The Cochrane Review argues strongly in favour of rapid implementation of this intervention. While this can be accomplished quickly and easily in developed countries (most of which have well established programmes), the same may not be easy in developing countries. In particular, where reproductive health programmes are principally geared towards interventions in pregnancy and antenatal care typically starts after the first trimester, periconceptional interventions may be difficult to implement. It may be feasible instead to focus on the administration of iron-folate tablets to newly weds in high-risk populations and those with previous births with NTDs.
Although the benefit of periconceptional folate supplementation on the prevention of NTDs seems well established, there are several issues that still merit further research. These include determination of the most feasible and cost-effective method of supplementing large at-risk populations, determination of the most appropriate dose and other potential beneficial effects on outcomes of pregnancy. The following may merit further consideration:
- Since a placebo-controlled trial will no longer be ethical, a trial looking at different doses of folate supplementation and its effect in decreasing the prevalence of NTD would be helpful to determine not only the minimum effective dose (which is presently regarded as 0.4 mg/day) for decreasing the incidence of occurrence of NTDs but also the minimum dose required to decrease the prevalence of recurrent NTD (which presently is 4 mg/day).
- A community-based effectiveness trial should be conducted to look at the most cost-effective and sustainable method of providing folate supplementation during the periconceptional period. This may involve comparisons of approaches like food fortification, dietary counseling, folate supplementation in primary health clinics or a combination of methods. A recent study (12), of the relationship between red blood cell folate and consumption of different sources of folate demonstrated that those receiving folic acid had higher mean red blood cell folate levels than those consuming cereals fortified with folic acid. Red blood cell folate levels higher than 400 mcg /ml (a level considered to be optimal for the prevention of NTDs) were found nearly exclusively among folic acid supplement users.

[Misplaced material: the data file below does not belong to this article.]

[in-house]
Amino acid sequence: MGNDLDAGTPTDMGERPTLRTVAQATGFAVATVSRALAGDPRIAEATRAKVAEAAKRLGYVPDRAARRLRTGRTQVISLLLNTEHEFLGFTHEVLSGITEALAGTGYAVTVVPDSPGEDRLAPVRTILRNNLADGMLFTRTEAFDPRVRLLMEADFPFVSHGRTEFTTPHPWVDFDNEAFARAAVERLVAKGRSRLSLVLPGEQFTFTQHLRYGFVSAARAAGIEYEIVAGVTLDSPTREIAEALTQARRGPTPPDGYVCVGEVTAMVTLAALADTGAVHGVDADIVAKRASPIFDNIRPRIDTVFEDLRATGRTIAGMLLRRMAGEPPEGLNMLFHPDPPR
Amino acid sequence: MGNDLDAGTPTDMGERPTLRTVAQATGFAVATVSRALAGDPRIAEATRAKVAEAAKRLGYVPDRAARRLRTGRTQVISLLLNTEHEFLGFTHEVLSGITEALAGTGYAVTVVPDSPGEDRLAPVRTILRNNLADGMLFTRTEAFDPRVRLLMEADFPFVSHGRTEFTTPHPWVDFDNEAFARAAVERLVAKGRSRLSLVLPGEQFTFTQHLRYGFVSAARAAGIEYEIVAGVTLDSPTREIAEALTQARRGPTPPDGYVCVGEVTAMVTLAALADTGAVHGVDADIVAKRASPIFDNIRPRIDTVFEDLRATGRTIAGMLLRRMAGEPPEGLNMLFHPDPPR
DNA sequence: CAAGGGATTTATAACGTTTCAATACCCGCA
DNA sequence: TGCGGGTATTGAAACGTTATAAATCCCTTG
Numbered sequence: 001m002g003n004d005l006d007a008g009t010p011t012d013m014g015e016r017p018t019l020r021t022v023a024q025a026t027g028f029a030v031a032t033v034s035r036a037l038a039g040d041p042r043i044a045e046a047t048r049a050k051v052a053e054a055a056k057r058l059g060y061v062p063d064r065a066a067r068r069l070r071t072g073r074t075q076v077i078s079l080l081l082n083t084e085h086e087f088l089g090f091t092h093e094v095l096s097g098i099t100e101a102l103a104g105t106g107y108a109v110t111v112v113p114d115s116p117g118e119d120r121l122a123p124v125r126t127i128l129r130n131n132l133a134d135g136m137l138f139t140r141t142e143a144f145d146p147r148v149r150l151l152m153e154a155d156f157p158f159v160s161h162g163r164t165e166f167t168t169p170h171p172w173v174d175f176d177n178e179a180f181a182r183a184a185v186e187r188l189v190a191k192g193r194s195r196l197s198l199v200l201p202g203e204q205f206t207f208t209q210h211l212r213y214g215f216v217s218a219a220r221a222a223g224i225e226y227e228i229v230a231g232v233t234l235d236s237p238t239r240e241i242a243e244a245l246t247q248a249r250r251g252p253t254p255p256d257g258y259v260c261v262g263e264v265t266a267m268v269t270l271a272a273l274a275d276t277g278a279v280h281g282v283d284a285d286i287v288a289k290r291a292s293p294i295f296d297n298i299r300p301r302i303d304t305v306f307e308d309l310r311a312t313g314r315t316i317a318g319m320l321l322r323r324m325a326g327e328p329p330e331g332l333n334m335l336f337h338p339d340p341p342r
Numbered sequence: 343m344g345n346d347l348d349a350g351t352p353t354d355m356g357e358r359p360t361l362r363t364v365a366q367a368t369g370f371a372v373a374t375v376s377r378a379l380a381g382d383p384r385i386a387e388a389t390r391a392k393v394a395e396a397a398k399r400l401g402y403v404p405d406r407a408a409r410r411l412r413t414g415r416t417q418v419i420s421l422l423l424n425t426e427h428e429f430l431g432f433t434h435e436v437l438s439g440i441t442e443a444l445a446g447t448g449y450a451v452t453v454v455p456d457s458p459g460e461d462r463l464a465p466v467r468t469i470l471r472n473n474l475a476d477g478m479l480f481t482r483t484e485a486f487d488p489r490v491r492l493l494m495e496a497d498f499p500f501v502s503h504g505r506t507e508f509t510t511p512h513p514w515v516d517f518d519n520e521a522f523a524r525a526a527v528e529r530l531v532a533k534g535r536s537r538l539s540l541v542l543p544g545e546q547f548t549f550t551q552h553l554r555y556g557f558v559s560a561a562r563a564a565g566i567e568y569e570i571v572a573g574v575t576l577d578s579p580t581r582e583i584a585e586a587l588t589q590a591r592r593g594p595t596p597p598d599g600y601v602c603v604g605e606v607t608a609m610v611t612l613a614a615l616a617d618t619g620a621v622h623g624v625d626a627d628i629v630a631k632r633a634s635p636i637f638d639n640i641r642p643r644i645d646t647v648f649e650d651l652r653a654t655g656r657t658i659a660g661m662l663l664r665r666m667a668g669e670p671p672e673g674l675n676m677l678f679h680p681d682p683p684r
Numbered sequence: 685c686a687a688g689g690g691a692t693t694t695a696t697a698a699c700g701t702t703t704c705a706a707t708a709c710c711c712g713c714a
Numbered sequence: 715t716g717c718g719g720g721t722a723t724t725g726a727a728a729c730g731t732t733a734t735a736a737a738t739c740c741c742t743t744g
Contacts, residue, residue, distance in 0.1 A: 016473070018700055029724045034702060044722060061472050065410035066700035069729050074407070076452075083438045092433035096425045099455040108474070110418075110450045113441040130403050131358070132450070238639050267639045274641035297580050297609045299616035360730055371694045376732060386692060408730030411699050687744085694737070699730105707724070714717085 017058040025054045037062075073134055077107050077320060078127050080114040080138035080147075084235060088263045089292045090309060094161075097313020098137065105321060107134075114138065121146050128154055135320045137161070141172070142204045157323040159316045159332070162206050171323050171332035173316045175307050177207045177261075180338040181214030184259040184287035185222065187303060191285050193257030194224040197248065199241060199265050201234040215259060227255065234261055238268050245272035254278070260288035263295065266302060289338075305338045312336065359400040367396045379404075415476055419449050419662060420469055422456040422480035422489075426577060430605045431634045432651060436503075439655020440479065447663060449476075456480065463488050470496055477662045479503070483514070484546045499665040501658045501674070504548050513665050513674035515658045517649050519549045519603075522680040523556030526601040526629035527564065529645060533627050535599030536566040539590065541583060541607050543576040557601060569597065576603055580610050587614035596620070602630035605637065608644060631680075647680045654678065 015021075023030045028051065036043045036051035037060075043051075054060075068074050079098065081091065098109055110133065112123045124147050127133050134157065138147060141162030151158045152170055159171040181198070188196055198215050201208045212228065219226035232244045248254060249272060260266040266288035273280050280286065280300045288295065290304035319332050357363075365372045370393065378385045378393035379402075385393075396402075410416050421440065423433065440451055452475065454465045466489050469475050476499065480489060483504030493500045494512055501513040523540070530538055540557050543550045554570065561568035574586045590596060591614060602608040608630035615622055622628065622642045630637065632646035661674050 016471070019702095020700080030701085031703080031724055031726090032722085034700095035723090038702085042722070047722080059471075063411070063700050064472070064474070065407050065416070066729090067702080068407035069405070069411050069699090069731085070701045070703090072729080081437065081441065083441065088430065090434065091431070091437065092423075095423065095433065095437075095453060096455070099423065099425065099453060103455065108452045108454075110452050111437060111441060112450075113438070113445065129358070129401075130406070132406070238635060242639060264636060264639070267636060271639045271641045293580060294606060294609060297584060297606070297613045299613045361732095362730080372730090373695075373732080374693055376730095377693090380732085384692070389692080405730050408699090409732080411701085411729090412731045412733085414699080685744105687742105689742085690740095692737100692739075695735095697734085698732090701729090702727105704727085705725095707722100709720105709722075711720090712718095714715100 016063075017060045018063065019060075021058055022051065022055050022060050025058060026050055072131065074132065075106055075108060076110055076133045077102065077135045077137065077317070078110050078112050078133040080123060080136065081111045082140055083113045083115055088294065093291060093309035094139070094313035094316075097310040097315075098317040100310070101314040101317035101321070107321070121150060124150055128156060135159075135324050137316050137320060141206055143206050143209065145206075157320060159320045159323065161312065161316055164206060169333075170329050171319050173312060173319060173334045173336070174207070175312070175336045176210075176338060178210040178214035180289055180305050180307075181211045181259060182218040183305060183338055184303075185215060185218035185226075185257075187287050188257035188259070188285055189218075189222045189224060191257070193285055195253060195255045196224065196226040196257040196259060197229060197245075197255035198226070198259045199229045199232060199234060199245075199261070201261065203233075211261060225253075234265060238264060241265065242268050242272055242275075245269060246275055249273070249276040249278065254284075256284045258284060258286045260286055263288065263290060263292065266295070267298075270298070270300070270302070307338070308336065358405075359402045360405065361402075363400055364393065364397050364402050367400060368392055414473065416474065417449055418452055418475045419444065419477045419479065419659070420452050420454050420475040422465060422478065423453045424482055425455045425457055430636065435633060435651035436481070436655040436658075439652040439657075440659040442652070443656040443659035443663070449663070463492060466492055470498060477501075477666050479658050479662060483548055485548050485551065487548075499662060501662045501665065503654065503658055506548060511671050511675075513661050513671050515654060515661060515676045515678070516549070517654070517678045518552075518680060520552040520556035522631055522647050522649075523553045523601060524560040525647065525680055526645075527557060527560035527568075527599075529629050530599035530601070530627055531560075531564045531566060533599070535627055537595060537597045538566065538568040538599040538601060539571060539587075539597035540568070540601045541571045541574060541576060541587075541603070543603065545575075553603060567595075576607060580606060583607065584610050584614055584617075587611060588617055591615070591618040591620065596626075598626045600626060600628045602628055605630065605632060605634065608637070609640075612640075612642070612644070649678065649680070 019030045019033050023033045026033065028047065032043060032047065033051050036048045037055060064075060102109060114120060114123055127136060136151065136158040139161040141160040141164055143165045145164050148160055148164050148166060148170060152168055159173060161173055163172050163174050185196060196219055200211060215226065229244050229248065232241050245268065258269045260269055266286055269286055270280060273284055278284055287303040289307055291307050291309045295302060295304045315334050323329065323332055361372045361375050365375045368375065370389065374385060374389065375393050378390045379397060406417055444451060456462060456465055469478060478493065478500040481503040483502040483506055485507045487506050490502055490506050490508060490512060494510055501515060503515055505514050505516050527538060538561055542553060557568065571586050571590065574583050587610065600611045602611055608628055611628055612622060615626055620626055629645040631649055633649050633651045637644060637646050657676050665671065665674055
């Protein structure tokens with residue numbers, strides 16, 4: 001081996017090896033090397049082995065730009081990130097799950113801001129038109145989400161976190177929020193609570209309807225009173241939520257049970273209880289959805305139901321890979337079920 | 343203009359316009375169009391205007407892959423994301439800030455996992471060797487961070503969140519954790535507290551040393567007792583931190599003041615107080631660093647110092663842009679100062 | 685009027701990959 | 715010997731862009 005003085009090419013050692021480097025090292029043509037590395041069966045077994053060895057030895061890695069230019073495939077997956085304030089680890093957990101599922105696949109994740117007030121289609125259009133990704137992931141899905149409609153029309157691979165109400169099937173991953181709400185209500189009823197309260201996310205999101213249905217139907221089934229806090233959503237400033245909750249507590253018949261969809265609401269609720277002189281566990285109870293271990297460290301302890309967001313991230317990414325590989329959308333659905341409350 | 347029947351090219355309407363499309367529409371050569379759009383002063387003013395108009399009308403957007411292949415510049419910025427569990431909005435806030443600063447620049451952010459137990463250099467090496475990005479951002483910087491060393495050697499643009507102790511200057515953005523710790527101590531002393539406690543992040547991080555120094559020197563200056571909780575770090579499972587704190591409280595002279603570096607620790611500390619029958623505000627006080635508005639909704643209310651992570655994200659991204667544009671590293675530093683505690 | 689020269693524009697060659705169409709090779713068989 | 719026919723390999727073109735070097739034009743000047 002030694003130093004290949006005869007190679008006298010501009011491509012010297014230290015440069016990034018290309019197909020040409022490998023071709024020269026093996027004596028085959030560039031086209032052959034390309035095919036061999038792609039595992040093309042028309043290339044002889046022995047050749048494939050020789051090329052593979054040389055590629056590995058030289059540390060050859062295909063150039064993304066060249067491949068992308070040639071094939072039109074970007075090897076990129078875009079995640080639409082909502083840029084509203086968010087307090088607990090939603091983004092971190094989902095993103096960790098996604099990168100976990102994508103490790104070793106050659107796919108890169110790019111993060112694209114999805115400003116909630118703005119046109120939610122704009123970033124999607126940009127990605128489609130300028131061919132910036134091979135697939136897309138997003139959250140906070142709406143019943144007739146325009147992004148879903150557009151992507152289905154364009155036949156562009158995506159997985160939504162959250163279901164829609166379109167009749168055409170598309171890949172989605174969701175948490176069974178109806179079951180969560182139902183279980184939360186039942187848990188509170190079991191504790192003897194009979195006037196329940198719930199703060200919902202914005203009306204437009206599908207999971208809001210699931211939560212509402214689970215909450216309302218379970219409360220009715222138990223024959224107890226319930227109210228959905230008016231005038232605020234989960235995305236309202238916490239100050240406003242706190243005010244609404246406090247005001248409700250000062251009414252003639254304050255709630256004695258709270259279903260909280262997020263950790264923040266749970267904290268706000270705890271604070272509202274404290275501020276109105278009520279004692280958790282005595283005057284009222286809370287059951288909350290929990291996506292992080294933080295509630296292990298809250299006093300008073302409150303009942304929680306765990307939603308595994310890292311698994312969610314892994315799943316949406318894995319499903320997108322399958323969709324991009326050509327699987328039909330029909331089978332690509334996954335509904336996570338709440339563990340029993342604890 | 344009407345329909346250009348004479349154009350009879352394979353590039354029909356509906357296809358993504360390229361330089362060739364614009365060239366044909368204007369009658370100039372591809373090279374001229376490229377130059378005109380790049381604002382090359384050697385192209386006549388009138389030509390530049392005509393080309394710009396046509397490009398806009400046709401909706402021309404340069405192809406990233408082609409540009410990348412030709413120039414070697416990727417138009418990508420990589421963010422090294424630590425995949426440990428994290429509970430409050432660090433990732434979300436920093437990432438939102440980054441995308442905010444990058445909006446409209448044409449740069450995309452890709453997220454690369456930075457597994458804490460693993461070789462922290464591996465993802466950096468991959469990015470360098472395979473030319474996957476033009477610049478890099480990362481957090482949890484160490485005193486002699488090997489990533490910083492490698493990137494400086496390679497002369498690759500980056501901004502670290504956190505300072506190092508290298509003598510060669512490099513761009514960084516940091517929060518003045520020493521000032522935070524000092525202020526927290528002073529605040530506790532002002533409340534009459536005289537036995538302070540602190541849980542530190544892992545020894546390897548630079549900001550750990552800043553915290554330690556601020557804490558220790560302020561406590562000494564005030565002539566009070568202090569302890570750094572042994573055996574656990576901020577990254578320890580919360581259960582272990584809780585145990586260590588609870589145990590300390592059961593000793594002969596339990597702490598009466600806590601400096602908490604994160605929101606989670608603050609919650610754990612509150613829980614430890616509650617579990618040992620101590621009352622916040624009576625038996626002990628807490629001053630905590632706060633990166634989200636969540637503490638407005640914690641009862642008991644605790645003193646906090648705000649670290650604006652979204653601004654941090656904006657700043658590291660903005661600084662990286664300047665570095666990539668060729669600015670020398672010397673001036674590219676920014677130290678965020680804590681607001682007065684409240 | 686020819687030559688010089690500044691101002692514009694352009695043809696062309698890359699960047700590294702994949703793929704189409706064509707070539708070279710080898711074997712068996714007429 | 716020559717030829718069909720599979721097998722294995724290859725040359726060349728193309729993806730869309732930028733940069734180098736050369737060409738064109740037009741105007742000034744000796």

- Several studies have also revealed highly variable rates of folate consumption by both pregnant and non-pregnant women. A study to determine the knowledge, attitudes and practices of mothers regarding folic acid intake during the periconceptional period (13), showed that only 76 % of the women were cognizant of its importance and of these only 44 % had taken the supplements. Thus, further research is needed on strategies to improve compliance with folic acid intake.
- Although the evidence linking folate deficiency to increased risk of NTDs is pervasive, the contributory effect of other micronutrient deficiencies cannot be excluded. Further research should be conducted to determine the associations between the prevalence of deficiencies of other vitamins and micronutrients and risk of NTDs. Such studies could then be followed up with randomized controlled trials to evaluate at any beneficial effect of administering additional supplements along with folate.
- The reportedly increased incidence of multiple pregnancies among women administered folate supplements, merits further evaluation.
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This document should be cited as: Bhutta ZA and Hasan B. Periconceptional supplementation with folate and/or multivitamins for preventing neural tube defects: RHL commentary (last revised: 7 January 2002). The WHO Reproductive Health Library; Geneva: World Health Organization.